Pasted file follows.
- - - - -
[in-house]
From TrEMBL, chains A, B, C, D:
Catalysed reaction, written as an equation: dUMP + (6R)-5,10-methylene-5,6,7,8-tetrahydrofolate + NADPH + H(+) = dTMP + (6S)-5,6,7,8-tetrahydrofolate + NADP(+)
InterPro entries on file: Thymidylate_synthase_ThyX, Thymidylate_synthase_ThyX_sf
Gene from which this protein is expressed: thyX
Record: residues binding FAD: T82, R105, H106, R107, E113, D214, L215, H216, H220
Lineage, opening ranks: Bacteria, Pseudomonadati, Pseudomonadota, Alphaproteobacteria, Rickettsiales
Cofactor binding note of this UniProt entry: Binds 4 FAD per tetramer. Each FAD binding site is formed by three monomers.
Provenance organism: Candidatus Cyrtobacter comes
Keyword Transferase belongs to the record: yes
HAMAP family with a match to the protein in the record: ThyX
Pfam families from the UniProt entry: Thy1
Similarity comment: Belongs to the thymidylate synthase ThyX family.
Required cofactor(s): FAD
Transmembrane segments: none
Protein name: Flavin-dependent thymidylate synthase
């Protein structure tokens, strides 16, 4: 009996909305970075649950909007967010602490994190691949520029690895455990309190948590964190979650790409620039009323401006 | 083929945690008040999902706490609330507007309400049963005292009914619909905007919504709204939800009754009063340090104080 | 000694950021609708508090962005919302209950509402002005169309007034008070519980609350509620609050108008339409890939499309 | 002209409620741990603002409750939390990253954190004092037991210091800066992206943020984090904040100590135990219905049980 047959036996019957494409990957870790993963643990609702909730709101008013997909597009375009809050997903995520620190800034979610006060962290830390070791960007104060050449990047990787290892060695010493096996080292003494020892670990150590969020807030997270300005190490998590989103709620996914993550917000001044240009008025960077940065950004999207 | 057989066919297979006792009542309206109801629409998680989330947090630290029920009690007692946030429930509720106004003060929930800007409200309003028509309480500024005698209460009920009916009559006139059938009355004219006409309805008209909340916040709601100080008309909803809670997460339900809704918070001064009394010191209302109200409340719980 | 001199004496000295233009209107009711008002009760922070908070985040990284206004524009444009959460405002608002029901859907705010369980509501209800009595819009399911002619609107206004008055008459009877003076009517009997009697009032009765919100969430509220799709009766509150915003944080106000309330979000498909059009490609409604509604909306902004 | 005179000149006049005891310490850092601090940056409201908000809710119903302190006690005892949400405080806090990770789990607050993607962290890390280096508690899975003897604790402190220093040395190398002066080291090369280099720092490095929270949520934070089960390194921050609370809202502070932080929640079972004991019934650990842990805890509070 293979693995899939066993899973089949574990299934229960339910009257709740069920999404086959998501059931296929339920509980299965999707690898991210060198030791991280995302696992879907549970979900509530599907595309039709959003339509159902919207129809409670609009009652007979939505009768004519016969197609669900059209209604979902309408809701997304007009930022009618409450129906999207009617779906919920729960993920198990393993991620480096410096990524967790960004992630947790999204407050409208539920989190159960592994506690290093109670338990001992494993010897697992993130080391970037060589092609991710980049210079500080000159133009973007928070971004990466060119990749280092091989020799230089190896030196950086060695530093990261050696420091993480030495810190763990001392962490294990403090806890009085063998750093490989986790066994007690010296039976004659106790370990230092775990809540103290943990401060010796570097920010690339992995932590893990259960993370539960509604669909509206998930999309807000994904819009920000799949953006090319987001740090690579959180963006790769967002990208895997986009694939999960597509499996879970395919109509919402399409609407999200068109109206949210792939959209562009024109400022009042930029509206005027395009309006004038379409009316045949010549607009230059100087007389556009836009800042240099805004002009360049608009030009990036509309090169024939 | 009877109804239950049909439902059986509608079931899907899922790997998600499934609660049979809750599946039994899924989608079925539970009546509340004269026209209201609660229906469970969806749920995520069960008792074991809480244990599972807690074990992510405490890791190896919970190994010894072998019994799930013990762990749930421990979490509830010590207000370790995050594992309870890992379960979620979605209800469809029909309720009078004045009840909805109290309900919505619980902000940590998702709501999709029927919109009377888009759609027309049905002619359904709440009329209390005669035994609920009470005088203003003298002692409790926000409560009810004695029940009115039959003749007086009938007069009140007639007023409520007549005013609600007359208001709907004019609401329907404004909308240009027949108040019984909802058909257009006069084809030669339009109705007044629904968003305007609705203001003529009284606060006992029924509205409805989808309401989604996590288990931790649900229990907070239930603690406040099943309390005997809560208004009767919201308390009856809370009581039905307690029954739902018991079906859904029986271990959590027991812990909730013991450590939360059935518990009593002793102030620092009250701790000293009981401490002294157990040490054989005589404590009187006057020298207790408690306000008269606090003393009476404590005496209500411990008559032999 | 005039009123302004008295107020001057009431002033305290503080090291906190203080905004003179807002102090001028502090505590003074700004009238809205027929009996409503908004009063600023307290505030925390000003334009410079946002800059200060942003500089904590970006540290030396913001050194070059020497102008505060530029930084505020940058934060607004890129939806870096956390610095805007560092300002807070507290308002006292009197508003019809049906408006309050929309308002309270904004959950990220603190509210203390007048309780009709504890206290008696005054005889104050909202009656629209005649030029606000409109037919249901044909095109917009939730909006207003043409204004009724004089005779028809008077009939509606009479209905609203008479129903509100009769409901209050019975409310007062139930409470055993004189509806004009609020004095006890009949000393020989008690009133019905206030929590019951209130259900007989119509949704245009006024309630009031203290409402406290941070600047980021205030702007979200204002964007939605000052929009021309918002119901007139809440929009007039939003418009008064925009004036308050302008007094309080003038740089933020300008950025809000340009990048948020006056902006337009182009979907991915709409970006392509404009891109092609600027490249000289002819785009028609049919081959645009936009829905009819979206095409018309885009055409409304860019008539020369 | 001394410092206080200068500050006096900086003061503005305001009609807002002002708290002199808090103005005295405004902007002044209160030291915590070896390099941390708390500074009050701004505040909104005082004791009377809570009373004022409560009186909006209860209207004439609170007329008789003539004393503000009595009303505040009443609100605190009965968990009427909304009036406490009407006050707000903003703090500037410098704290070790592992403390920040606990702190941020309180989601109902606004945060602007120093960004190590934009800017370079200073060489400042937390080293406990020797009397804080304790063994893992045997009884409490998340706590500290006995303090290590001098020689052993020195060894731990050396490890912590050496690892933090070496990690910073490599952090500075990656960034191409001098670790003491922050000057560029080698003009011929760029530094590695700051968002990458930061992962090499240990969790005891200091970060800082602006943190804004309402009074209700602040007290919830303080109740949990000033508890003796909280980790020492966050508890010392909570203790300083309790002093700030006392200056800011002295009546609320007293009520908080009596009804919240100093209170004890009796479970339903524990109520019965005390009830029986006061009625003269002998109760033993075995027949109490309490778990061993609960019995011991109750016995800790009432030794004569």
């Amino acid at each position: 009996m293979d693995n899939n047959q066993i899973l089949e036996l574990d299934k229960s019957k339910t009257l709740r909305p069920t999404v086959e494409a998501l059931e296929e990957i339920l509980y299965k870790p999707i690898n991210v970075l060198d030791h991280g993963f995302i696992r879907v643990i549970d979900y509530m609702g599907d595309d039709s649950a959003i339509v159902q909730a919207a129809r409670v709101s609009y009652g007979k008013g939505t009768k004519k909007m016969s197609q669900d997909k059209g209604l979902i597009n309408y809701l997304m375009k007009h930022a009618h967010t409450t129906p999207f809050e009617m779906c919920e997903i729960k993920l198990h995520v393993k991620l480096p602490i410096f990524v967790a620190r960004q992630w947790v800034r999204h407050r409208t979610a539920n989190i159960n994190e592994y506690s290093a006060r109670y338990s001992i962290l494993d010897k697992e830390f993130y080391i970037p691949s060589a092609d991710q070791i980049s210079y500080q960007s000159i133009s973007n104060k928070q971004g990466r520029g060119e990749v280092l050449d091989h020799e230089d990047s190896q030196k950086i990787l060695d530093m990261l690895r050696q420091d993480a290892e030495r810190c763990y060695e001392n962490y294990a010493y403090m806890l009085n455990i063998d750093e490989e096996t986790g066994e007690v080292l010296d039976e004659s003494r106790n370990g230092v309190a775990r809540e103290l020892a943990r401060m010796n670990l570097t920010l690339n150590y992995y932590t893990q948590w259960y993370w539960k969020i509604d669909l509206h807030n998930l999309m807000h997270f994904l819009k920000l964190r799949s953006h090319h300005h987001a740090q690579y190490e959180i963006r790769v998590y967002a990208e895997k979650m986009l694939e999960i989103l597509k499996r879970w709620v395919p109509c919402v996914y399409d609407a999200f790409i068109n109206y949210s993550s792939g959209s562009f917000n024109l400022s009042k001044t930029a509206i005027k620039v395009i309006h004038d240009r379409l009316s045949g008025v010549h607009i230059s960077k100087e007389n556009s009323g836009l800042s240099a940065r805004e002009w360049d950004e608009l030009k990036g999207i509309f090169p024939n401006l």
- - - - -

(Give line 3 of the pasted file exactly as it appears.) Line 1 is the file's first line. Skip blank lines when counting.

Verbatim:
Catalysed reaction, written as an equation: dUMP + (6R)-5,10-methylene-5,6,7,8-tetrahydrofolate + NADPH + H(+) = dTMP + (6S)-5,6,7,8-tetrahydrofolate + NADP(+)